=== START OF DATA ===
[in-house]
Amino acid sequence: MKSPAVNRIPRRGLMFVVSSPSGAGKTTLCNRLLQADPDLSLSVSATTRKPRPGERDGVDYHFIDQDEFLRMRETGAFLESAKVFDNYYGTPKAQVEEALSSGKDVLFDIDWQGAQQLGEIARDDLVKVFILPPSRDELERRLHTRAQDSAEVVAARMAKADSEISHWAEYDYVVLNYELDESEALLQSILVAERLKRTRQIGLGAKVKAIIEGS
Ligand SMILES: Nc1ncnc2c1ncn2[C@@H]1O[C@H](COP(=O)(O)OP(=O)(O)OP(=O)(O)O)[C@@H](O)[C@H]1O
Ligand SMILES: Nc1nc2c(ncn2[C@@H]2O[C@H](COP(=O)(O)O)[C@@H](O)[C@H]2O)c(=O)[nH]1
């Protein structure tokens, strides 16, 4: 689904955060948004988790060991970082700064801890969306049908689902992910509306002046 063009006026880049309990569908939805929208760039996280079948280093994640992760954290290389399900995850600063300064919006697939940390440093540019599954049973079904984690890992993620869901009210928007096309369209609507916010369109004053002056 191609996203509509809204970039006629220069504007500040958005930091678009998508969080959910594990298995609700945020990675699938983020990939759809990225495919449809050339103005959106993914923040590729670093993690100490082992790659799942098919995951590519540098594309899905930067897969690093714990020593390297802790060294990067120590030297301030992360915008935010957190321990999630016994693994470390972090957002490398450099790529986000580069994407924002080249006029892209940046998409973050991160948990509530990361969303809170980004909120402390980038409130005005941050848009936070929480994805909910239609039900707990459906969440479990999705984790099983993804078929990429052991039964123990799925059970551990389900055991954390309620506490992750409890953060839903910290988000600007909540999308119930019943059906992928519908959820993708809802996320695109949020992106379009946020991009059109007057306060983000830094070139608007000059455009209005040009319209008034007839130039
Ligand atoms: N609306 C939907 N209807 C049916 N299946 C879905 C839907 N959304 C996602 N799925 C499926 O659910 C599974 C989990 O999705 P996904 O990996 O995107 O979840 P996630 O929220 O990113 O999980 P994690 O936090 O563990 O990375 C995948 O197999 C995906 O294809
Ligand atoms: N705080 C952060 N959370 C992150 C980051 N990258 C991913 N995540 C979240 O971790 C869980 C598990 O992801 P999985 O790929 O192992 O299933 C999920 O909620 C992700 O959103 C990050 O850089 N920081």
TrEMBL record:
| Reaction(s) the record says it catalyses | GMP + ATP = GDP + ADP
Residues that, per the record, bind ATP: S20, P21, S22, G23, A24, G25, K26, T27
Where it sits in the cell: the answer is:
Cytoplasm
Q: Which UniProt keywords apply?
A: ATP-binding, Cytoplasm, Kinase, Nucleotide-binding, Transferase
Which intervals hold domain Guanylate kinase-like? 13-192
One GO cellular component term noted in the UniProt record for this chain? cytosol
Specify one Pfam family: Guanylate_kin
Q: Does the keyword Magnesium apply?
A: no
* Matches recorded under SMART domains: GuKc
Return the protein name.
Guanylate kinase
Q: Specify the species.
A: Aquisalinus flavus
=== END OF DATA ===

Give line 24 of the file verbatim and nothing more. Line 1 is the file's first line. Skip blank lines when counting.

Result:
A: Aquisalinus flavus